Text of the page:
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Today's LTAR

On this morning's LTAR, Bob and Dan were talking about the fact that the 
New Hampshire Superior Court had "agreed to hear" a case involving the 
proposed 720 station in New Hampshire.  They mentioned that the Superior 
Court was the highest court in New Hampshire.

Nope.  The highest court in New Hampshire is the state Supreme Court.  
The Superior Court is the general trial court, as it is in Massachusetts, 
whose decisions are subject to appeal to a higher court.  

And what does it mean that the court "agreed to hear" a case.  You file a 
case in court, and the court will eventually hear it.  Unless, for some 
reason, the town in question moved to dismiss and the court denied the 
motion.  But in so doing, the court still heard the case.

When we talk of a court having "agreed to hear" a case, we usually are 
talking about a supreme court that decides which cases it will hear.  
Cases appealed from the Federal District Courts, which are trial-level 
courts, go to various circuit Courts of Appeals.  There is no general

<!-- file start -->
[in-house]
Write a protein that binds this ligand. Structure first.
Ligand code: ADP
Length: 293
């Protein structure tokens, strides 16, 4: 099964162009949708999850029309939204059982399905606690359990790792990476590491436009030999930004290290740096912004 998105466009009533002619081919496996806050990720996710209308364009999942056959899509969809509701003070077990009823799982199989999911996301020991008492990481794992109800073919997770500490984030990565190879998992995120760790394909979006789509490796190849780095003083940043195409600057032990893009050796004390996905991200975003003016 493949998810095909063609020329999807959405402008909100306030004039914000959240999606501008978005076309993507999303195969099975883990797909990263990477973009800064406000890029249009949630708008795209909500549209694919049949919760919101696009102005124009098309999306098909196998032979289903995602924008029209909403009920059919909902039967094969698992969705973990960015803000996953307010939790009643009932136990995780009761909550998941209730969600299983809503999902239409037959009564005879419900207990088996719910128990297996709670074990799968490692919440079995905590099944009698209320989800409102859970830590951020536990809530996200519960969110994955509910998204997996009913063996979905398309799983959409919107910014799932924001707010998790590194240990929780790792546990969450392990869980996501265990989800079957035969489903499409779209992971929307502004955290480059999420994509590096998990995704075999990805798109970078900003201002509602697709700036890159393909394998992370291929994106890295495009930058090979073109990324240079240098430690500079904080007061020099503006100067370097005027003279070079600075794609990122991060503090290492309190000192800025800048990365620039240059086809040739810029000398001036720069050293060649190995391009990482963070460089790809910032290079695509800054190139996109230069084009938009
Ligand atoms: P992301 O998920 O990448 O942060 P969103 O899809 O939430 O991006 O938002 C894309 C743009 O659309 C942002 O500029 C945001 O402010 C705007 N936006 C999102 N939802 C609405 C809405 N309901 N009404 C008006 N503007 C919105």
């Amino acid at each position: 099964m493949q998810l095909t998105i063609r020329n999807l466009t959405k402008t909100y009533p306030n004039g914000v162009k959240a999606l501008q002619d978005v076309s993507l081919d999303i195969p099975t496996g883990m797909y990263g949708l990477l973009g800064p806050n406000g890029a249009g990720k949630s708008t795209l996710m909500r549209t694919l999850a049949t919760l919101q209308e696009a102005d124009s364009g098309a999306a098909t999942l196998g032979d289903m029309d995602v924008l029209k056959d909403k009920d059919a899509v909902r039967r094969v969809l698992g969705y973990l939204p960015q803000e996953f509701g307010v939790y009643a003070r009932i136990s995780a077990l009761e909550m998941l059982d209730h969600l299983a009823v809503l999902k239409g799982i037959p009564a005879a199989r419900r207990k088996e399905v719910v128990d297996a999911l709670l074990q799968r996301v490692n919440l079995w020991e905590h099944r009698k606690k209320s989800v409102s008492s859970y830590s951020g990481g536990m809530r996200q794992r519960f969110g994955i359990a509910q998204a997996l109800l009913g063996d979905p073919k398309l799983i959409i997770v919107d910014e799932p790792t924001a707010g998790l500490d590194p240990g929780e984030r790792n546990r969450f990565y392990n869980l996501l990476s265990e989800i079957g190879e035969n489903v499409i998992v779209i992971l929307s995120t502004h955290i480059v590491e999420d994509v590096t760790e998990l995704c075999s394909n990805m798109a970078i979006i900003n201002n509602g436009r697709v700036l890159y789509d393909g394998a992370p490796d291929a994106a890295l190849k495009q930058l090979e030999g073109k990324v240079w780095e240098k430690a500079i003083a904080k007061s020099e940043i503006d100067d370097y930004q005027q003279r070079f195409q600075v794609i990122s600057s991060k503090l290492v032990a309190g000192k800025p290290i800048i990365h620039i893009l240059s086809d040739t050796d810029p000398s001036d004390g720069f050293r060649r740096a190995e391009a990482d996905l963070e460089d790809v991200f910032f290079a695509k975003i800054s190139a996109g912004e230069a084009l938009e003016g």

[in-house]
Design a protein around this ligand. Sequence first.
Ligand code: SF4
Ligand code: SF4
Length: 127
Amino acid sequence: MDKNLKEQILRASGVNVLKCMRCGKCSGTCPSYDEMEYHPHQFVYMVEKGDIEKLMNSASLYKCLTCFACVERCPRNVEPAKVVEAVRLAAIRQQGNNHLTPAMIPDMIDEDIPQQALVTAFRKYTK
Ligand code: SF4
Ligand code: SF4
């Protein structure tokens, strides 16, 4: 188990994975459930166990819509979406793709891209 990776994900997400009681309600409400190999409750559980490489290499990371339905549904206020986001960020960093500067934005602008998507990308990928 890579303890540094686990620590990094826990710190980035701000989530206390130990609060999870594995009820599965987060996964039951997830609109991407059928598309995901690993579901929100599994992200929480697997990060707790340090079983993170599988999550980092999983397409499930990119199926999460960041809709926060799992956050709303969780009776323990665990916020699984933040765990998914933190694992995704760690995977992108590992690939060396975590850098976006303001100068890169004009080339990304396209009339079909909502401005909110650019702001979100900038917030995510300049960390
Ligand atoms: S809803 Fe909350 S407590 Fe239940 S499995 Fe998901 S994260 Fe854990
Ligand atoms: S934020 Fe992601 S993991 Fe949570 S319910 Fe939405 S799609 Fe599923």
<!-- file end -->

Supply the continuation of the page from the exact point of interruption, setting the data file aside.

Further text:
right to appeal further to the Supreme Court.  The Supreme Court decides 
which cases from the Courts of Appeals and from the highest-level state 
courts it will hear.

Likewise, in Massachusetts, there is an intermediate-level Appeals Court, 
which takes appeals from lower courts.  The Supreme Judicial Court of 
Massachusetts decides which cases it will hear, either by direct transfer 
from the Appeals Court or by further review after a decision from the 
Appeals Court.

It makes sense to talk about those courts having "agreed to hear" a case. 
But not for the New 
Hampshire Superior Court (or, for that matter, the New Hampshire Supreme 
Court, which takes all appeals from the lower courts.  New Hampshire has 
no intermediate-level appellate court.).

A. Joseph Ross, J.D.                           617.367.0468
 15 Court Square, Suite 210                 lawyer@attorneyross.com
Boston, MA 02108-2503           	         http://www.attorneyross.com